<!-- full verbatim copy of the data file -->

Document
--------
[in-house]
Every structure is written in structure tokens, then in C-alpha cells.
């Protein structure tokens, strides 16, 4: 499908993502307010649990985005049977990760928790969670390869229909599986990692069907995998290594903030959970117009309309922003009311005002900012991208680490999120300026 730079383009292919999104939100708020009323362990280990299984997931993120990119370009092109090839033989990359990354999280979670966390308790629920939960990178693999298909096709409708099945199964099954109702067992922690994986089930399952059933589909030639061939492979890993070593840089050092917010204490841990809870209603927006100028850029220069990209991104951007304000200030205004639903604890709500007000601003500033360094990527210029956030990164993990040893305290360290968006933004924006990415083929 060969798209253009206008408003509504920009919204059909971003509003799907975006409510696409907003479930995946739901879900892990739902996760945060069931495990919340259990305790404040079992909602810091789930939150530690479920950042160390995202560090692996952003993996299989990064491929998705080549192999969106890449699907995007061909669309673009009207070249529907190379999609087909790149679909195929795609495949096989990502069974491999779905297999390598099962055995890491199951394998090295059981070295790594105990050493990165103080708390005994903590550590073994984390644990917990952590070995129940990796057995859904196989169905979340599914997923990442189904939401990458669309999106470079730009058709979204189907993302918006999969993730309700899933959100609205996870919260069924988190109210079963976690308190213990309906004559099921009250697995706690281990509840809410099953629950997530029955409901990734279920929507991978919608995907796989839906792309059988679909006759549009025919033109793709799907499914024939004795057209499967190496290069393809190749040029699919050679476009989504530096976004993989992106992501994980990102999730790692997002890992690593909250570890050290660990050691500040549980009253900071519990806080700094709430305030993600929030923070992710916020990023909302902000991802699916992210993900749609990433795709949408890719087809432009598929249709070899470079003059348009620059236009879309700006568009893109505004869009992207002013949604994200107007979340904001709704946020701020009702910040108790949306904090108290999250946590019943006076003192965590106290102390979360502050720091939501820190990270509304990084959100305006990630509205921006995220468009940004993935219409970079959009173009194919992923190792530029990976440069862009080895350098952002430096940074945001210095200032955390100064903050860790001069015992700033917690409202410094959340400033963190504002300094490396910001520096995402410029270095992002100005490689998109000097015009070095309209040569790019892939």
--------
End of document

[in-house]
Every structure is written in structure tokens, then in C-alpha cells.
């Protein structure tokens, strides 16, 4: 499908993502307010649990985005049977990760928790969670390869229909599986990692069907995998290594903030959970117009309309922003009311005002900012991208680490999120300026 730079383009292919999104939100708020009323362990280990299984997931993120990119370009092109090839033989990359990354999280979670966390308790629920939960990178693999298909096709409708099945199964099954109702067992922690994986089930399952059933589909030639061939492979890993070593840089050092917010204490841990809870209603927006100028850029220069990209991104951007304000200030205004639903604890709500007000601003500033360094990527210029956030990164993990040893305290360290968006933004924006990415083929 060969798209253009206008408003509504920009919204059909971003509003799907975006409510696409907003479930995946739901879900892990739902996760945060069931495990919340259990305790404040079992909602810091789930939150530690479920950042160390995202560090692996952003993996299989990064491929998705080549192999969106890449699907995007061909669309673009009207070249529907190379999609087909790149679909195929795609495949096989990502069974491999779905297999390598099962055995890491199951394998090295059981070295790594105990050493990165103080708390005994903590550590073994984390644990917990952590070995129940990796057995859904196989169905979340599914997923990442189904939401990458669309999106470079730009058709979204189907993302918006999969993730309700899933959100609205996870919260069924988190109210079963976690308190213990309906004559099921009250697995706690281990509840809410099953629950997530029955409901990734279920929507991978919608995907796989839906792309059988679909006759549009025919033109793709799907499914024939004795057209499967190496290069393809190749040029699919050679476009989504530096976004993989992106992501994980990102999730790692997002890992690593909250570890050290660990050691500040549980009253900071519990806080700094709430305030993600929030923070992710916020990023909302902000991802699916992210993900749609990433795709949408890719087809432009598929249709070899470079003059348009620059236009879309700006568009893109505004869009992207002013949604994200107007979340904001709704946020701020009702910040108790949306904090108290999250946590019943006076003192965590106290102390979360502050720091939501820190990270509304990084959100305006990630509205921006995220468009940004993935219409970079959009173009194919992923190792530029990976440069862009080895350098952002430096940074945001210095200032955390100064903050860790001069015992700033917690409202410094959340400033963190504002300094490396910001520096995402410029270095992002100005490689998109000097015009070095309209040569790019892939």